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Meaning of SHAK

 
Webster's 1913 Dictionary
 
 Definition: 
  1.    The true calamus helps coughs.              --Gerarde.
    
    
    
    4. To change for the better; to remedy.
    
             Cease to lament for what thou canst not help.
                                                   --Shak.
    
    5. To prevent; to hinder; as, the evil approaches, and who
       can help it? --Swift.
    
    6. To forbear; to avoid.
    
             I can not help remarking the resemblance betwixt him
             and our author.                       --Pope.
    
    
    
    7. To wait upon, as the guests at table, by carving and
       passing food.
    
    {To help forward}, to assist in advancing.
    
    {To help off}, to help to go or pass away, as time; to assist
       in removing. --Locke.
    
    {To help on}, to forward; to promote by aid.
    
    {To help out}, to aid, as in delivering from a difficulty, or
       to aid in completing a design or task.
    
             The god of learning and of light Would want a god
             himself to help him out.              --Swift.
    
    {To help over}, to enable to surmount; as, to help one over
       an obstacle.
    
    {To help to}, to supply with; to furnish with; as, to help
       one to soup.
    
    {To help up}, to help (one) to get up; to assist in rising,
       as after a fall, and the like. ``A man is well holp up
       that trusts to you.'' --Shak.
    
    Syn: To aid; assist; succor; relieve; serve; support;
         sustain; befriend.
    
    Usage: To {Help}, {Aid}, {Assist}. These words all agree in
           the idea of affording relief or support to a person
           under difficulties. Help turns attention especially to
           the source of relief. If I fall into a pit, I call for
           help; and he who helps me out does it by an act of his
           own. Aid turns attention to the other side, and
           supposes co["o]peration on the part of him who is
           relieved; as, he aided me in getting out of the pit; I
           got out by the aid of a ladder which he brought.
           Assist has a primary reference to relief afforded by a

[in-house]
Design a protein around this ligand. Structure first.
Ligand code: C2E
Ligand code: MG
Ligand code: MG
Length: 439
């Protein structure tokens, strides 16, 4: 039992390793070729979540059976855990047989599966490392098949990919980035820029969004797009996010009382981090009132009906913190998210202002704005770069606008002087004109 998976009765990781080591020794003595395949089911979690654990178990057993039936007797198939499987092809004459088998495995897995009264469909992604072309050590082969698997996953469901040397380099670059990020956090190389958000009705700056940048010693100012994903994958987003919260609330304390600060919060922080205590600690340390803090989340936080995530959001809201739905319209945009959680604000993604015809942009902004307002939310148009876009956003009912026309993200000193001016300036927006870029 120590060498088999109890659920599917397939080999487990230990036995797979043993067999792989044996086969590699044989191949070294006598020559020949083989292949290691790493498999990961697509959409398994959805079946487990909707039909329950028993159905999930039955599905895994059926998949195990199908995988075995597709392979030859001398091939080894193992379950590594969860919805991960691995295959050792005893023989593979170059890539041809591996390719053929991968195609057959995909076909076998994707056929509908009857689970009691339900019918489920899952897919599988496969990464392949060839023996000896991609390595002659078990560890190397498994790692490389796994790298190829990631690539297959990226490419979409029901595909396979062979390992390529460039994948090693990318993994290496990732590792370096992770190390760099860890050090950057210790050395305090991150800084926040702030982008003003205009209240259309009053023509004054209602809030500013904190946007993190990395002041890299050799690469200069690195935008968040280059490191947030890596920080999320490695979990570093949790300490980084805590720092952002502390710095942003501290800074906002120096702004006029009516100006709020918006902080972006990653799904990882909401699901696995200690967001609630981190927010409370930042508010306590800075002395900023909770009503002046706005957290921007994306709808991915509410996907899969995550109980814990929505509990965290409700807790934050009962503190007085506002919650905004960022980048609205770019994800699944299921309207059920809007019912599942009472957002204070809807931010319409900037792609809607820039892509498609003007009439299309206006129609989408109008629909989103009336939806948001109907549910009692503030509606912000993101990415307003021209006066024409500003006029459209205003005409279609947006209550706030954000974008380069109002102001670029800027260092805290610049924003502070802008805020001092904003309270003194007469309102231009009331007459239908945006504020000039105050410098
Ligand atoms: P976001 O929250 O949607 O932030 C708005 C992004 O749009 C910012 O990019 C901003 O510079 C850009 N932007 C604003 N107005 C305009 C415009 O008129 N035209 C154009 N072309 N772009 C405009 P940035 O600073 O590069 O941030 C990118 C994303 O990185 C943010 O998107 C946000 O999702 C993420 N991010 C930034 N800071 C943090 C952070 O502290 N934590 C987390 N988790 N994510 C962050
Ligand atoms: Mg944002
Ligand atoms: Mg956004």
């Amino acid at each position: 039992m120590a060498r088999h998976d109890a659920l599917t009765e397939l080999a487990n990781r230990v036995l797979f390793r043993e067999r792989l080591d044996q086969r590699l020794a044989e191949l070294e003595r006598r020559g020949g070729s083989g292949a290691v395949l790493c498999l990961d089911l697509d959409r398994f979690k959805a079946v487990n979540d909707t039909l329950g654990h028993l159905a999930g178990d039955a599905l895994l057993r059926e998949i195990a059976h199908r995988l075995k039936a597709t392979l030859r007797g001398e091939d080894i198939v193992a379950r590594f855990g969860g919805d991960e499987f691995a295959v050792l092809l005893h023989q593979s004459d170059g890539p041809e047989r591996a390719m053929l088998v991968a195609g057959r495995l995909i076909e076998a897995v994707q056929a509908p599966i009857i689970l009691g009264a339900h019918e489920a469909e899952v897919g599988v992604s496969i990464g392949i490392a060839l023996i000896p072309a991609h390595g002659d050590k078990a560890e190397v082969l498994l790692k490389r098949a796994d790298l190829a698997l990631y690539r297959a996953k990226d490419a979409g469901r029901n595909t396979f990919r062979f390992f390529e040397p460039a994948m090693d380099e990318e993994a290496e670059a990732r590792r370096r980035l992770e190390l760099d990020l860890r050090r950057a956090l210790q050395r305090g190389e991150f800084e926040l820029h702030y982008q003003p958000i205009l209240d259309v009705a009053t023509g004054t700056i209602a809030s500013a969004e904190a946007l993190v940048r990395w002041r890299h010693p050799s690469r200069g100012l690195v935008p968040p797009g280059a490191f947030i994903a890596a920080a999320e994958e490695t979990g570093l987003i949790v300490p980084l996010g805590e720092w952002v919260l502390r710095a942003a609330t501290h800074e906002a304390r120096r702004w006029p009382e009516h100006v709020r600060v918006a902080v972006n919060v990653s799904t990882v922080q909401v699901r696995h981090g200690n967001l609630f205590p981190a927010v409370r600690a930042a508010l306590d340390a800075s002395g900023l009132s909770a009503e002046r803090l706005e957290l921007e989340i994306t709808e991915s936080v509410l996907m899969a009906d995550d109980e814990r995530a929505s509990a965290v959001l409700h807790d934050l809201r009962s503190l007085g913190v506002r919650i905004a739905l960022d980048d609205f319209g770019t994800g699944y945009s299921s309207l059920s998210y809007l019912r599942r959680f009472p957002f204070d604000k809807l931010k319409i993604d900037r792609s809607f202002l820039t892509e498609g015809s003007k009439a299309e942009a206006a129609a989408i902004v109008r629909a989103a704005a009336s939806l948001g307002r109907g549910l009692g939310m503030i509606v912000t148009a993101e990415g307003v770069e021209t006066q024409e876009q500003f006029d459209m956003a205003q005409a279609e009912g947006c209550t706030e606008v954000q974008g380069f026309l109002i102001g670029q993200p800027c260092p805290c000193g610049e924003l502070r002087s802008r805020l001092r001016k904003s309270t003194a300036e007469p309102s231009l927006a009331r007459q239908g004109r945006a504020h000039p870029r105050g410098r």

person who ``stands by'' in order to relieve. It
           denotes both help and aid. Thus, we say of a person
           who is weak, I assisted him upstairs, or, he mounted
           the stairs by my assistance. When help is used as a
           noun, it points less distinctively and exclusively to
           the source of relief, or, in other words, agrees more
           closely with aid. Thus we say, I got out of a pit by
           the help of my friend.
    
    
  2.    What was that scream for, I prithee?        --L'Estrange.
    
       Prithee, tell me, Dimple-chin.              --E. C.
                                                   Stedman.
    
    
  3.    The number slain on the rebel's part were some two
       thousand.                                   --Bacon.
    
    5. Considerable in number or quality. ``Bore us some leagues
       to sea.'' --Shak.
    
             On its outer point, some miles away. The lighthouse
             lifts its massive masonry.            --Longfellow.
    
    6. Certain; those of one part or portion; -- in distinct from
       other or others; as, some men believe one thing, and
       others another.
    
             Some [seeds] fell among thorns; . . . but other fell
             into good ground.                     --Matt. xiii.
                                                   7, 8.
    
    7. A part; a portion; -- used pronominally, and followed
       sometimes by of; as, some of our provisions.
    
             Your edicts some reclaim from sins, But most your
             life and blest example wins.          --Dryden.
    
    {All and some}, one and all. See under {All}, adv. [Obs.]
    
    Note: The illiterate in the United States and Scotland often
          use some as an adverb, instead of somewhat, or an
          equivalent expression; as, I am some tired; he is some
          better; it rains some, etc.
    
    {Some . . . some}, one part . . . another part; these . . .
       those; -- used distributively.
    
             Some to the shores do fly, Some to the woods, or
             whither fear advised.                 --Daniel.
    
    Note: Formerly used also of single persons or things: this
          one . . . that one; one . . . another.
    
                Some in his bed, some in the deep sea. --Chaucer.
    
    
  4. Syn: Looker-on; beholder; observer; witness.
    
    
 

 

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